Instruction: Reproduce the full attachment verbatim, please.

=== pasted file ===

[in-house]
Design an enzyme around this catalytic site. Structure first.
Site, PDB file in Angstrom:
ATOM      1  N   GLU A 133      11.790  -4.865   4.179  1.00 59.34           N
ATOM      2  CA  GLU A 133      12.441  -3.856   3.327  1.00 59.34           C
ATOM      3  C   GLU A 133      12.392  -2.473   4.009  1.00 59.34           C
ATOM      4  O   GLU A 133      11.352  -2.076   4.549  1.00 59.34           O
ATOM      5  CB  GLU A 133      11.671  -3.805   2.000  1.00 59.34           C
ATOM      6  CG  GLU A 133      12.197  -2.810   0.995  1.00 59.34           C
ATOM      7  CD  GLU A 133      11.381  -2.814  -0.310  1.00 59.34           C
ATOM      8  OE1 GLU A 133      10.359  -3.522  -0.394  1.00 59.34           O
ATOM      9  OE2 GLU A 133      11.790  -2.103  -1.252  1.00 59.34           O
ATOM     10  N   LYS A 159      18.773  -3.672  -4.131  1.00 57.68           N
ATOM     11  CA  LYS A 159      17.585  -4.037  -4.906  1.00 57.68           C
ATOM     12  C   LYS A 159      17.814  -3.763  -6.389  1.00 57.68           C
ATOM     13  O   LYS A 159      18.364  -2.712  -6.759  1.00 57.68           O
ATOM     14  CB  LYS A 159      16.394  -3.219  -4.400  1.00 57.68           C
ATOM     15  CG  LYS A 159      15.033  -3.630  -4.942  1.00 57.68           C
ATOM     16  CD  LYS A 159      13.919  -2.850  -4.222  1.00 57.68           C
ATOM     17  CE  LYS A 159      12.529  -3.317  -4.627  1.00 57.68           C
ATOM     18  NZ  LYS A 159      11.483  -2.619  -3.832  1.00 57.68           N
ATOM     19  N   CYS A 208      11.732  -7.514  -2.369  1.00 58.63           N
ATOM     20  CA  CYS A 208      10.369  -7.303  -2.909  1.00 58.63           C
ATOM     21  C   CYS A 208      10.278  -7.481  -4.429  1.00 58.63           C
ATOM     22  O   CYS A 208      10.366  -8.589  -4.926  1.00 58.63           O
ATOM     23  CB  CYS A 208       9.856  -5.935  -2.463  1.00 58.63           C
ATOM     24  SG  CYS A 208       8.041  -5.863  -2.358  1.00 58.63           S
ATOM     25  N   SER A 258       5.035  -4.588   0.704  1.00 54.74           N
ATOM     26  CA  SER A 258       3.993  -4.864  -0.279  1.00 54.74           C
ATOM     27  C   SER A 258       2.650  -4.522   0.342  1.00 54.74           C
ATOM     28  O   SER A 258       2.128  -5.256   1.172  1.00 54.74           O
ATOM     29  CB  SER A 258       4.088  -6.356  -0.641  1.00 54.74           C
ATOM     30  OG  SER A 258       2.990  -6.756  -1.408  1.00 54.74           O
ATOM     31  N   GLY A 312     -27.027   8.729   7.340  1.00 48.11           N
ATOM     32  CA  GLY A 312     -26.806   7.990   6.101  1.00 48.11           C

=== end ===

[in-house]
Design an enzyme around this catalytic site. Structure first.
Site, PDB file in Angstrom:
ATOM      1  N   GLU A 133      11.790  -4.865   4.179  1.00 59.34           N
ATOM      2  CA  GLU A 133      12.441  -3.856   3.327  1.00 59.34           C
ATOM      3  C   GLU A 133      12.392  -2.473   4.009  1.00 59.34           C
ATOM      4  O   GLU A 133      11.352  -2.076   4.549  1.00 59.34           O
ATOM      5  CB  GLU A 133      11.671  -3.805   2.000  1.00 59.34           C
ATOM      6  CG  GLU A 133      12.197  -2.810   0.995  1.00 59.34           C
ATOM      7  CD  GLU A 133      11.381  -2.814  -0.310  1.00 59.34           C
ATOM      8  OE1 GLU A 133      10.359  -3.522  -0.394  1.00 59.34           O
ATOM      9  OE2 GLU A 133      11.790  -2.103  -1.252  1.00 59.34           O
ATOM     10  N   LYS A 159      18.773  -3.672  -4.131  1.00 57.68           N
ATOM     11  CA  LYS A 159      17.585  -4.037  -4.906  1.00 57.68           C
ATOM     12  C   LYS A 159      17.814  -3.763  -6.389  1.00 57.68           C
ATOM     13  O   LYS A 159      18.364  -2.712  -6.759  1.00 57.68           O
ATOM     14  CB  LYS A 159      16.394  -3.219  -4.400  1.00 57.68           C
ATOM     15  CG  LYS A 159      15.033  -3.630  -4.942  1.00 57.68           C
ATOM     16  CD  LYS A 159      13.919  -2.850  -4.222  1.00 57.68           C
ATOM     17  CE  LYS A 159      12.529  -3.317  -4.627  1.00 57.68           C
ATOM     18  NZ  LYS A 159      11.483  -2.619  -3.832  1.00 57.68           N
ATOM     19  N   CYS A 208      11.732  -7.514  -2.369  1.00 58.63           N
ATOM     20  CA  CYS A 208      10.369  -7.303  -2.909  1.00 58.63           C
ATOM     21  C   CYS A 208      10.278  -7.481  -4.429  1.00 58.63           C
ATOM     22  O   CYS A 208      10.366  -8.589  -4.926  1.00 58.63           O
ATOM     23  CB  CYS A 208       9.856  -5.935  -2.463  1.00 58.63           C
ATOM     24  SG  CYS A 208       8.041  -5.863  -2.358  1.00 58.63           S
ATOM     25  N   SER A 258       5.035  -4.588   0.704  1.00 54.74           N
ATOM     26  CA  SER A 258       3.993  -4.864  -0.279  1.00 54.74           C
ATOM     27  C   SER A 258       2.650  -4.522   0.342  1.00 54.74           C
ATOM     28  O   SER A 258       2.128  -5.256   1.172  1.00 54.74           O
ATOM     29  CB  SER A 258       4.088  -6.356  -0.641  1.00 54.74           C
ATOM     30  OG  SER A 258       2.990  -6.756  -1.408  1.00 54.74           O
ATOM     31  N   GLY A 312     -27.027   8.729   7.340  1.00 48.11           N
ATOM     32  CA  GLY A 312     -26.806   7.990   6.101  1.00 48.11           C